3. Influence.

The Didache seems to have been very influential, as may be seen by its use not only in the Didascalia Apostolorum and the Apostolic Constitutions, where it forms the basis of Book 7, but also in the Ecclesiastical Canons of the Apostles or the Apostolic Church Order traditions in Ethiopic. The traditions embedded in the Didache are also seen in the Latin Doctrina (Apostolorum) from the ninth century and in Coptic and in Georgian. Various patristic writers, such as Eusebius, Hist. Eccl. 3.25.4, and Athanasius, Festal Letter, 39.11, knew of it, as does the seventh-century Catalogue of the Sixty Books. This latter and the fourth-century list behind the Stichometry of Nicephorus refer to a writing called the Teaching (or Teachings) of the Apostles, but it is not clear if the Didache is meant. The teaching known to Nicephorus is only 200 stichoi in length, which makes that writing shorter than the present Didache.

4. The Didache and the Bible.

OT citations in the Didache (Mal 1:11, 14 in Did. 14.3, and Zech 14:5 in Did. 16.7, and possibly Sir 7:22; 12:1 in Did. 1.6) are introduced by special formulae. Did. 1.6, ‘as has been said’; 14.3, ‘For this is what the Lord [= God] was referring to’; 16.7, ‘As was said’. In the case of the passages in the Didache which parallel a NT passage no such introductory formula is found. Did. 1.3, ‘Here is the teaching’; 2.1, ‘The second commandment of the teaching is’. The word ‘gospel’ occurs in Did. 8.2; 11.3; 15.3 but is unlikely to refer to a written source. There are no citations at those points; the reference is to teaching by Jesus.

5.

However, the following are noteworthy:

Did. 9.5, ‘For the Lord [presumably Jesus] also spoke concerning this: “Do not give what is holy to dogs.”’ This echoes Mt 7:6 . Did. 8.1–2, ‘Let your fasts not [coincide] with those of the hypocrites. They fast on Monday and Thursday; you, though, should fast on Wednesday and Friday. And do not pray as the hypocrites [do].’ This links teaching found embedded in Mt 6:5 and 6:16 , but the Didache's use of the teaching differs from that in Matthew's gospel. The Didache is concerned with the establishment of distinctively Christian fasts. There is early evidence that Christians did fast on Wednesdays and Fridays. This was to contrast with Pharisaic fasts on Mondays and Thursdays. Mt 6:5 gives details of how hypocrites pray and how Jesus' followers are to pray. Mt 6:16 is concerned with the manner in which hypocrites fast, and not with the days on which they fast.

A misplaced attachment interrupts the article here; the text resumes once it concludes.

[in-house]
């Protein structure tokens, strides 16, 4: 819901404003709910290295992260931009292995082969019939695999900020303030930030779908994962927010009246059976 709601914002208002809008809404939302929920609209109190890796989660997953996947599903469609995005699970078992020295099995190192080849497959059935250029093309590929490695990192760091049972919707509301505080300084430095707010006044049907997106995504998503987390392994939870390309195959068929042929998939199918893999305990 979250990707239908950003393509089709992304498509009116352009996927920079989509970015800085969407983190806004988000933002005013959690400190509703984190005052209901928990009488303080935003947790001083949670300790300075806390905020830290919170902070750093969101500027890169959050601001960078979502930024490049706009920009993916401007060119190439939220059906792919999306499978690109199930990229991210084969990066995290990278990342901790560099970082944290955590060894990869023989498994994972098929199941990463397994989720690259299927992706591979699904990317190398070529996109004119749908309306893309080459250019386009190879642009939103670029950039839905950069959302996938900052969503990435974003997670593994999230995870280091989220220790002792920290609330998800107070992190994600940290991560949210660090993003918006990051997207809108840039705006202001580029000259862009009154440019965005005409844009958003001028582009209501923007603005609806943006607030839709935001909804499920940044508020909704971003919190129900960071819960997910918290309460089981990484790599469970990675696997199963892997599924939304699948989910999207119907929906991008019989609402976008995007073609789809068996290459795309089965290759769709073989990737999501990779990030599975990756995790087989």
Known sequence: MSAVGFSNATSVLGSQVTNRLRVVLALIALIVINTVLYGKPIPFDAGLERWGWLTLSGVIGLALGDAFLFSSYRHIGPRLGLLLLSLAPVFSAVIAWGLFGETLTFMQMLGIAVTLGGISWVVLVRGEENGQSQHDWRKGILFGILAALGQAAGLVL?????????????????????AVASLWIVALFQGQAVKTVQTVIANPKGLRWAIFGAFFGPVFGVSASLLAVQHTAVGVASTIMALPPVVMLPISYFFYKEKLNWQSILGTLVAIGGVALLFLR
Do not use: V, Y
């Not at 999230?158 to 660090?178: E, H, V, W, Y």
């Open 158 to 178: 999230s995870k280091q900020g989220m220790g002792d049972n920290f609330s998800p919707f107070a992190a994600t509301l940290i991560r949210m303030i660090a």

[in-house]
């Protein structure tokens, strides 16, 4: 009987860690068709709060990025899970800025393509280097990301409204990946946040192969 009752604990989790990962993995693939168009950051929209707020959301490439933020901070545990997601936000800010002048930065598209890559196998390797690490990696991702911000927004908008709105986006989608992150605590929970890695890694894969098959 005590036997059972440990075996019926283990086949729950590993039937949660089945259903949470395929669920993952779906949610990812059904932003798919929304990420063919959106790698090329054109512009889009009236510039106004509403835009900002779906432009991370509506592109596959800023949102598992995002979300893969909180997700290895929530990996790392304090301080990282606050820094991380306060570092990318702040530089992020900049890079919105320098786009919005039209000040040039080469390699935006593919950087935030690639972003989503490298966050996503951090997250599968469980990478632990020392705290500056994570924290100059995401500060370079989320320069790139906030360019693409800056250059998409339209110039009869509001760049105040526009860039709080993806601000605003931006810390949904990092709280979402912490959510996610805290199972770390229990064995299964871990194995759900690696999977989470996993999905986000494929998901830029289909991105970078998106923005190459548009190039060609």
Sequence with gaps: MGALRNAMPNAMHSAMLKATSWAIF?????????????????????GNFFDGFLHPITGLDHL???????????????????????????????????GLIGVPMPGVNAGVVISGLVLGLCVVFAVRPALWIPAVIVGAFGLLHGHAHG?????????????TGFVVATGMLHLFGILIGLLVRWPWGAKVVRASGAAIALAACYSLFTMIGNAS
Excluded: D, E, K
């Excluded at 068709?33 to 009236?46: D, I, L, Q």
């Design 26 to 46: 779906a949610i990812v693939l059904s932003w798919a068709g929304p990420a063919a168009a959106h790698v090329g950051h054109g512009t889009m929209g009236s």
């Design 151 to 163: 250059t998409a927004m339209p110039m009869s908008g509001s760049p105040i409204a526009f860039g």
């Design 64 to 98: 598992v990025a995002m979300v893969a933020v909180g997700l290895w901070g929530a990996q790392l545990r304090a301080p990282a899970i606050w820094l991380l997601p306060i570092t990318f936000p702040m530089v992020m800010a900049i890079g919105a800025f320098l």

6.

Other links between the Didache and the NT are disputed. Some scholars argue that the author of the Didache knew and used the canonical gospels. Mt 5:39–47 is said to be behind the interpolated section Did. 1.3b–2.1, but some of the verses parallel the Lucan version (Lk 6:27–33 )—see DID. 1.3b–2.1—and it may well be that the parallels are not due to direct literary dependence but to the oral tradition, or even to a harmonized form of the canonical writings.

7.

There are further links elsewhere which show tenuous parallels with the NT, for example Did. 3.7 (Mt. 5:5 ); 11:7 (Mk 3:28–9 ); 14:2 (Mt 5:23–4 ). These are not strongly suggestive of direct literary dependence. As far as the Matthean parallels are concerned, the link is probably with the material Matthew found in his own source—in other words is from the Matthean additions to his framework (e.g. 3.7, ‘On the contrary, be mild tempered, since those who are mild tempered will inherit the land’). This has encouraged some to look for links with the source Q itself rather than with Q in Matthew or in Luke.